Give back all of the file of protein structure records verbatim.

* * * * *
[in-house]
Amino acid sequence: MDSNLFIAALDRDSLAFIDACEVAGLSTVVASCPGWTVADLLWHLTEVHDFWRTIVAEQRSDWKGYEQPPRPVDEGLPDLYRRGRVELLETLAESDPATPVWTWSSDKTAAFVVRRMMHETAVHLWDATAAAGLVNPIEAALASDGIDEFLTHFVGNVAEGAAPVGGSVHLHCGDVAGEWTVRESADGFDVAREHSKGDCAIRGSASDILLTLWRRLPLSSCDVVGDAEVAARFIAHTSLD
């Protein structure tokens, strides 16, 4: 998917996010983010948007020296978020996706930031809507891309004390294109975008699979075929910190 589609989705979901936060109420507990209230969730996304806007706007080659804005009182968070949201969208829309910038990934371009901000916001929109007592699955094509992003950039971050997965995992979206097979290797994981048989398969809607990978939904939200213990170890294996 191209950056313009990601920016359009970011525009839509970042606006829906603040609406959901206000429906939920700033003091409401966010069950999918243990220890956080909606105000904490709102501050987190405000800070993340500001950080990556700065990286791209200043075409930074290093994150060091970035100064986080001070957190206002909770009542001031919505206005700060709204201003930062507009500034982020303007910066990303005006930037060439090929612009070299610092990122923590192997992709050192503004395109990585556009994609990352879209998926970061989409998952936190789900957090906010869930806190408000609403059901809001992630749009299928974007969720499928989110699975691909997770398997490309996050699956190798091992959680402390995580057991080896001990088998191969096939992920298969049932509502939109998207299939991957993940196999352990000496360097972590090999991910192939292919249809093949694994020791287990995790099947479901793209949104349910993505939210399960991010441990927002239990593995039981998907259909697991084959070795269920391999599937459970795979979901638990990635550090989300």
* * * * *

[in-house]
Amino acid sequence: MDSNLFIAALDRDSLAFIDACEVAGLSTVVASCPGWTVADLLWHLTEVHDFWRTIVAEQRSDWKGYEQPPRPVDEGLPDLYRRGRVELLETLAESDPATPVWTWSSDKTAAFVVRRMMHETAVHLWDATAAAGLVNPIEAALASDGIDEFLTHFVGNVAEGAAPVGGSVHLHCGDVAGEWTVRESADGFDVAREHSKGDCAIRGSASDILLTLWRRLPLSSCDVVGDAEVAARFIAHTSLD
């Protein structure tokens, strides 16, 4: 998917996010983010948007020296978020996706930031809507891309004390294109975008699979075929910190 589609989705979901936060109420507990209230969730996304806007706007080659804005009182968070949201969208829309910038990934371009901000916001929109007592699955094509992003950039971050997965995992979206097979290797994981048989398969809607990978939904939200213990170890294996 191209950056313009990601920016359009970011525009839509970042606006829906603040609406959901206000429906939920700033003091409401966010069950999918243990220890956080909606105000904490709102501050987190405000800070993340500001950080990556700065990286791209200043075409930074290093994150060091970035100064986080001070957190206002909770009542001031919505206005700060709204201003930062507009500034982020303007910066990303005006930037060439090929612009070299610092990122923590192997992709050192503004395109990585556009994609990352879209998926970061989409998952936190789900957090906010869930806190408000609403059901809001992630749009299928974007969720499928989110699975691909997770398997490309996050699956190798091992959680402390995580057991080896001990088998191969096939992920298969049932509502939109998207299939991957993940196999352990000496360097972590090999991910192939292919249809093949694994020791287990995790099947479901793209949104349910993505939210399960991010441990927002239990593995039981998907259909697991084959070795269920391999599937459970795979979901638990990635550090989300």